The Contractor also mounted a good faith argument, based on Articles 57 and 58 of the DIFC Contract Law. Article 57 provides that implied obligations may arise from, inter alia, good faith, and fair dealing; and Article 58 requires parties to cooperate when such cooperation may reasonably be expected for the performance of the other’s obligations. This too was rejected by the Court of Appeal: it held that the words and effect of the contractual provisions to which the parties agreed were clear and left no scope for reinterpretation via an implied term or obligation.
The Contractor also raised a new argument at appeal, invoking Article 122 of the DIFC Contract Law, which allows a sum of liquidated damages to be “reduced to a reasonable amount where it is grossly excessive in relation to the harm resulting from the non-performance and to the other circumstances.” This was held not to apply: in the court’s view, it rested on an assumption that the Contractor’s breach was a failure to comply with the strict notice requirements, rather than a failure to complete on time, and there was no argument that the liquidated damages were disproportionate to the latter. The Court of Appeal in principle left open the possibility that the liquidated damages sum could be attacked with detailed evidence of the actual cost of the delay, but this had not been pursued.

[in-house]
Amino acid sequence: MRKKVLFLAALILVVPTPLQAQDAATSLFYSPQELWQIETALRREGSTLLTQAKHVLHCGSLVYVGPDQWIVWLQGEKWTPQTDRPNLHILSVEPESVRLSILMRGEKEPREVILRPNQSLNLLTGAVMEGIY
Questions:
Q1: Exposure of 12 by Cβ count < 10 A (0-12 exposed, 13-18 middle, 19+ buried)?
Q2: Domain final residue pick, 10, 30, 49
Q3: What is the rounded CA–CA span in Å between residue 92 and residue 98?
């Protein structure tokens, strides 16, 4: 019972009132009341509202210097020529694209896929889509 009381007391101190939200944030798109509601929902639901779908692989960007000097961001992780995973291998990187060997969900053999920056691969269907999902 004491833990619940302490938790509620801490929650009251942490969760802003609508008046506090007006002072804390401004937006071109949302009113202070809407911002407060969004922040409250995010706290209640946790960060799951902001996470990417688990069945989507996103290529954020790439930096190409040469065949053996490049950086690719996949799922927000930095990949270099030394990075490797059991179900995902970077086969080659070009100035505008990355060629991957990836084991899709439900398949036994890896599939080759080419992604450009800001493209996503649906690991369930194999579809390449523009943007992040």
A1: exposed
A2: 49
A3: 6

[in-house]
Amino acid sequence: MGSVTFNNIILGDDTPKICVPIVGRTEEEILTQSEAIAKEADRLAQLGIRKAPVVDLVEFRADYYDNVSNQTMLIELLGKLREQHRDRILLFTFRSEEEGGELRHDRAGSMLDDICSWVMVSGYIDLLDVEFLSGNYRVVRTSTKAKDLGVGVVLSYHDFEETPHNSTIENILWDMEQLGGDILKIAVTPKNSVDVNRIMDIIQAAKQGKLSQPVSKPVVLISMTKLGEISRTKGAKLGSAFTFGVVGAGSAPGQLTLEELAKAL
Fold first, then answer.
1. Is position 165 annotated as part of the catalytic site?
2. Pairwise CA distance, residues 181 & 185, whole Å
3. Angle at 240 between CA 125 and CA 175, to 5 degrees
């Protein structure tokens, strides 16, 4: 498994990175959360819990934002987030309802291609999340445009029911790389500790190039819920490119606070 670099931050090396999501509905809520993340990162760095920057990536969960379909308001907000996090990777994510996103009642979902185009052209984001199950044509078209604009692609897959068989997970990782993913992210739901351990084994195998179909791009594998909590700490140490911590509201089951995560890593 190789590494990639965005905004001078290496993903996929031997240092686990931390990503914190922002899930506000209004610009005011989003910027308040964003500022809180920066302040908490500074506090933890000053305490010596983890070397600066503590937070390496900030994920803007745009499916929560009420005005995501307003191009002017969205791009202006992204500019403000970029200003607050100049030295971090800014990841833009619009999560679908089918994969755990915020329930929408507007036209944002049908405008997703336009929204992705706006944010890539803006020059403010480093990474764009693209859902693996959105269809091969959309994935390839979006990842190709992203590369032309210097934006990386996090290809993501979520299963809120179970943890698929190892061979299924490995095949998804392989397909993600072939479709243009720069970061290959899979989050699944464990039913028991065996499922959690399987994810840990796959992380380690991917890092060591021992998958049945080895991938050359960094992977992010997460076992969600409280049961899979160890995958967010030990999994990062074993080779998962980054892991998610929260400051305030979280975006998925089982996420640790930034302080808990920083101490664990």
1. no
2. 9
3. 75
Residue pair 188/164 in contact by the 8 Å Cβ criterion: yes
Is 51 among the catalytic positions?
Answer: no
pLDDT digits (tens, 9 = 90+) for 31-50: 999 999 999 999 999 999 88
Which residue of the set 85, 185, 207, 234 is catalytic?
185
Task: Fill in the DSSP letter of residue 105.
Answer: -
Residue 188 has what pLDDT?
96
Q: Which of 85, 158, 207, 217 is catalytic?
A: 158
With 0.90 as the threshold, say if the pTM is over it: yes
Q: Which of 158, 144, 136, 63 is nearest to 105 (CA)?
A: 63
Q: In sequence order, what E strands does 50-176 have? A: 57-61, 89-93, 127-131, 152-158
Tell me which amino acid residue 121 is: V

This decision provides guidance on some common issues in construction disputes from a DIFC law perspective. The Court of Appeal’s ruling on notice periods as conditions precedent is to be expected and is in line with English case law. Due to the Contractor’s failure to comply with the contractual conditions precedent, the Employer was able to claim liquidated damages from the Claimant for a delay predominantly caused by the Employer. Some may see this as a result that is harsh on the Contractor; a different outcome might perhaps occur under certain civil law systems.
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DISCLAIMER: Because of the generality of this update, the information provided herein may not be applicable in all situations and should not be acted upon without specific legal advice based on particular situations.